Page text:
Contact:
Christian Colmer
Head of Communication and Media
ttz Bremerhaven
Fischkai 1
D-27572 Bremerhaven (Germany)
Phone: +49 (0)471 48 32 -124
Fax: +49 (0)471 48 32 - 129
ccolmer@ttz-bremerhaven.de
http://www.ttz-bremerhaven.de
http://www.facebook.com/ttzBremerhaven
http://www.twitter.com/ttzBremerhaven
http://www.xing.com/companies/ttzbremerhaven

Christian Colmer | idw
Further information:
http://www.ttz-bremerhaven.de

More articles from Life Sciences:

nachricht Toward a 'smart' patch that automatically delivers insulin when needed
18.01.2017 | American Chemical Society

nachricht 127 at one blow...
18.01.2017 | Stiftung Zoologisches Forschungsmuseum Alexander Koenig, Leibniz-Institut für Biodiversität der Tiere

All articles from Life Sciences >>>

The most recent press releases about innovation >>>

Die letzten 5 Focus-News des innovations-reports im Überblick:

Im Focus: How gut bacteria can make us ill

HZI researchers decipher infection mechanisms of Yersinia and immune responses of the host

Yersiniae cause severe intestinal infections. Studies using Yersinia pseudotuberculosis as a model organism aim to elucidate the infection mechanisms of these...

Im Focus: Interfacial Superconductivity: Magnetic and superconducting order revealed simultaneously

Researchers from the University of Hamburg in Germany, in collaboration with colleagues from the University of Aarhus in Denmark, have synthesized a new superconducting material by growing a few layers of an antiferromagnetic transition-metal chalcogenide on a bismuth-based topological insulator, both being non-superconducting materials.

While superconductivity and magnetism are generally believed to be mutually exclusive, surprisingly, in this new material, superconducting correlations...

Im Focus: Studying fundamental particles in materials

Laser-driving of semimetals allows creating novel quasiparticle states within condensed matter systems and switching between different states on ultrafast time scales

Studying properties of fundamental particles in condensed matter systems is a promising approach to quantum field theory. Quasiparticles offer the opportunity...

Im Focus: Designing Architecture with Solar Building Envelopes

Among the general public, solar thermal energy is currently associated with dark blue, rectangular collectors on building roofs. Technologies are needed for aesthetically high quality architecture which offer the architect more room for manoeuvre when it comes to low- and plus-energy buildings. With the “ArKol” project, researchers at Fraunhofer ISE together with partners are currently developing two façade collectors for solar thermal energy generation, which permit a high degree of design flexibility: a strip collector for opaque façade sections and a solar thermal blind for transparent sections. The current state of the two developments will be presented at the BAU 2017 trade fair.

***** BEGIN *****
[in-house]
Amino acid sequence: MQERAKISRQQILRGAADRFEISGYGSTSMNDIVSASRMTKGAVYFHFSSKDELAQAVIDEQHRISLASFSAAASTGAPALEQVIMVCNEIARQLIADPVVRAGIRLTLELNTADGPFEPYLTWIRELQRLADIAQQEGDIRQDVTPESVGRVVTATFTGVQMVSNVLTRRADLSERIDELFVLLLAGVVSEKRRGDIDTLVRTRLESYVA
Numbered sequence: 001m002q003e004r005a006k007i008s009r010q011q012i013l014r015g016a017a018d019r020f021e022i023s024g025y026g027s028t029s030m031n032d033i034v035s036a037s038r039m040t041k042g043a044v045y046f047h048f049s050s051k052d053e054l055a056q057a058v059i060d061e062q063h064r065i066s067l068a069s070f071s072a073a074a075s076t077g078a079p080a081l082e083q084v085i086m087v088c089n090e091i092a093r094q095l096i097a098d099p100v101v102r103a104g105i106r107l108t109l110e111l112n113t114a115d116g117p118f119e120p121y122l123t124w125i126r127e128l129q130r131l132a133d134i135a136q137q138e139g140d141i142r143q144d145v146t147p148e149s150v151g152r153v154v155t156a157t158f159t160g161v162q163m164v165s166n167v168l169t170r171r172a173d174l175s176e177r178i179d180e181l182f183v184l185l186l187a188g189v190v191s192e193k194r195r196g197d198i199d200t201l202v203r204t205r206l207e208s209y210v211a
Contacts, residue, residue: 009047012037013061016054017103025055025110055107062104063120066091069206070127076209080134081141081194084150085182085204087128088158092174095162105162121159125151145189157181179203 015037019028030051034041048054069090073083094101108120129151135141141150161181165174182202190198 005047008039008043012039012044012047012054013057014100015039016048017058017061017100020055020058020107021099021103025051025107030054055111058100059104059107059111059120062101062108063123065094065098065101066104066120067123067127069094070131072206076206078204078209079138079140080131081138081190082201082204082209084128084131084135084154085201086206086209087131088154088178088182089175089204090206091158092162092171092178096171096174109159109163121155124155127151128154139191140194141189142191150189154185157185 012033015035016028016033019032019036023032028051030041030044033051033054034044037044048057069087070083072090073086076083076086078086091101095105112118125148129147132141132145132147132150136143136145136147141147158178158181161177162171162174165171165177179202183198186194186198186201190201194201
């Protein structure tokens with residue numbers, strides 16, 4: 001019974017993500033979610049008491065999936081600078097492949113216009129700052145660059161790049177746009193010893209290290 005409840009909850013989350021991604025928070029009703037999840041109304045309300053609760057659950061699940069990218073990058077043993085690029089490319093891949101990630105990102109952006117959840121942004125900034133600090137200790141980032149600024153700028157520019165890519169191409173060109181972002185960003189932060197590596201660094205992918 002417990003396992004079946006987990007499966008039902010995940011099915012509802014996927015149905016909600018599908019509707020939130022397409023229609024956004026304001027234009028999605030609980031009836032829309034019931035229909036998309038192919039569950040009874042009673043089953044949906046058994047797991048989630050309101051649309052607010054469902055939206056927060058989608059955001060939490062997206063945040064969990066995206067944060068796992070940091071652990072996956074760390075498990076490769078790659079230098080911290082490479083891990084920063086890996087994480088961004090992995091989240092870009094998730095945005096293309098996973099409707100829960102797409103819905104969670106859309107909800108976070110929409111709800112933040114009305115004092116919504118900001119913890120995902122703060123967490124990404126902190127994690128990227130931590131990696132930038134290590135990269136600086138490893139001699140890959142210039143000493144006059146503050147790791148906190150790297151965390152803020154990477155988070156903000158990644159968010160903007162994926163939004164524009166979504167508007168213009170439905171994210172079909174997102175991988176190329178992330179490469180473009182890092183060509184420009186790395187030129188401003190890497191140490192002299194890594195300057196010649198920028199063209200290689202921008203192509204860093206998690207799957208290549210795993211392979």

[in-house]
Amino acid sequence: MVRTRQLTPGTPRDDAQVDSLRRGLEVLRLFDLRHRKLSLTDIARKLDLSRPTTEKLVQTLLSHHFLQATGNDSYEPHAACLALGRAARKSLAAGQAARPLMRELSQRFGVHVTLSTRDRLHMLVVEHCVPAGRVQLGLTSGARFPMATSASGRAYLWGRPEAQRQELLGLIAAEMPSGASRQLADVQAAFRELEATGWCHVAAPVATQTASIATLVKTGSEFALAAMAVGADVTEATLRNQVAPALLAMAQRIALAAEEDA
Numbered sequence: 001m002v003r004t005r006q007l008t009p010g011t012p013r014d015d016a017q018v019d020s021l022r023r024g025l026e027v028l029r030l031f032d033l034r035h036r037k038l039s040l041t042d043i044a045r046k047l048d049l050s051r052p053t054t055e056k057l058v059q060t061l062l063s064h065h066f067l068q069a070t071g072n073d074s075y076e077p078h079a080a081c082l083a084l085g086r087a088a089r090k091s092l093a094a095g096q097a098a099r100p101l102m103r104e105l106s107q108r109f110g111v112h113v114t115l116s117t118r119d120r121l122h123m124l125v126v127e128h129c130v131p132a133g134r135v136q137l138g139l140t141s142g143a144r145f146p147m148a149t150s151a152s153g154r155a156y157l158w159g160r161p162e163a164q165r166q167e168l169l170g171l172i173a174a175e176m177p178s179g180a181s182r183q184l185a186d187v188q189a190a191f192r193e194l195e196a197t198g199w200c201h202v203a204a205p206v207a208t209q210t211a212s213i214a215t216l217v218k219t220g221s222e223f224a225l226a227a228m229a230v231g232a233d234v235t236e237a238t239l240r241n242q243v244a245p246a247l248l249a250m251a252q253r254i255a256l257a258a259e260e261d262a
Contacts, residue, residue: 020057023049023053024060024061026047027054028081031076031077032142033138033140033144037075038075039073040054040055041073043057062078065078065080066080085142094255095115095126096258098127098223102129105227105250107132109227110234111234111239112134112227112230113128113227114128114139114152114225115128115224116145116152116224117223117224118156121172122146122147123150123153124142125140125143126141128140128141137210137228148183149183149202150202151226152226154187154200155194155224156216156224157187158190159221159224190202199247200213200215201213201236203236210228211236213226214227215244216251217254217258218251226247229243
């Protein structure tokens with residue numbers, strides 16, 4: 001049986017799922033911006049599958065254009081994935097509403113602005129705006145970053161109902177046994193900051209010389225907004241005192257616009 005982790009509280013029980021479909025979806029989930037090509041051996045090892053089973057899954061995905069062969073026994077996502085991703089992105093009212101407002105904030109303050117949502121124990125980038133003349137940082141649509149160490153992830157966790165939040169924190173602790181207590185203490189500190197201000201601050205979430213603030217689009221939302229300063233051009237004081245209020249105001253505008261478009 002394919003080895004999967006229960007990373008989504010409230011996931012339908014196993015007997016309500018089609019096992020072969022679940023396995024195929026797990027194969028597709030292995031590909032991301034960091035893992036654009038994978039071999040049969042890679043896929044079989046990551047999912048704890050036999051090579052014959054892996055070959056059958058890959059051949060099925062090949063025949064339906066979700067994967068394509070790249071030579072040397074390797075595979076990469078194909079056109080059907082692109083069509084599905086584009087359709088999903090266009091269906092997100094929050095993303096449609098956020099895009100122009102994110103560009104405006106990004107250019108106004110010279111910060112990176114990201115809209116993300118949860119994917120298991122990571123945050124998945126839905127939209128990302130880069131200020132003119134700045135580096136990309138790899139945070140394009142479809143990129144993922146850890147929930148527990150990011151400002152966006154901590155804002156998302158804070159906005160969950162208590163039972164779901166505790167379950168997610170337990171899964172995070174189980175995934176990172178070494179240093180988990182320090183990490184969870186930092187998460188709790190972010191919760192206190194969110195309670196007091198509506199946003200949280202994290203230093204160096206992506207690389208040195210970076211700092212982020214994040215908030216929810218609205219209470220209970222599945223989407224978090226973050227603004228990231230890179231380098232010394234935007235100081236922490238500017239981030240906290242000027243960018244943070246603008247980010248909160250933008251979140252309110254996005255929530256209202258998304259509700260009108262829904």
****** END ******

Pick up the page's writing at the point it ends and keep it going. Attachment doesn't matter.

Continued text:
As part of the “ArKol – development of architecturally highly integrated façade collectors with heat pipes” project, Fraunhofer ISE together with its partners...

Im Focus: How to inflate a hardened concrete shell with a weight of 80 t

At TU Wien, an alternative for resource intensive formwork for the construction of concrete domes was developed. It is now used in a test dome for the Austrian Federal Railways Infrastructure (ÖBB Infrastruktur).

Concrete shells are efficient structures, but not very resource efficient. The formwork for the construction of concrete domes alone requires a high amount of...

All Focus news of the innovation-report >>>

Anzeige

Anzeige

Event News

12V, 48V, high-voltage – trends in E/E automotive architecture

10.01.2017 | Event News

2nd Conference on Non-Textual Information on 10 and 11 May 2017 in Hannover

09.01.2017 | Event News

Nothing will happen without batteries making it happen!

05.01.2017 | Event News

 
Latest News

A big nano boost for solar cells

18.01.2017 | Power and Electrical Engineering

Glass's off-kilter harmonies

18.01.2017 | Materials Sciences

Toward a 'smart' patch that automatically delivers insulin when needed

18.01.2017 | Life Sciences

VideoLinks
B2B-VideoLinks
More VideoLinks >>>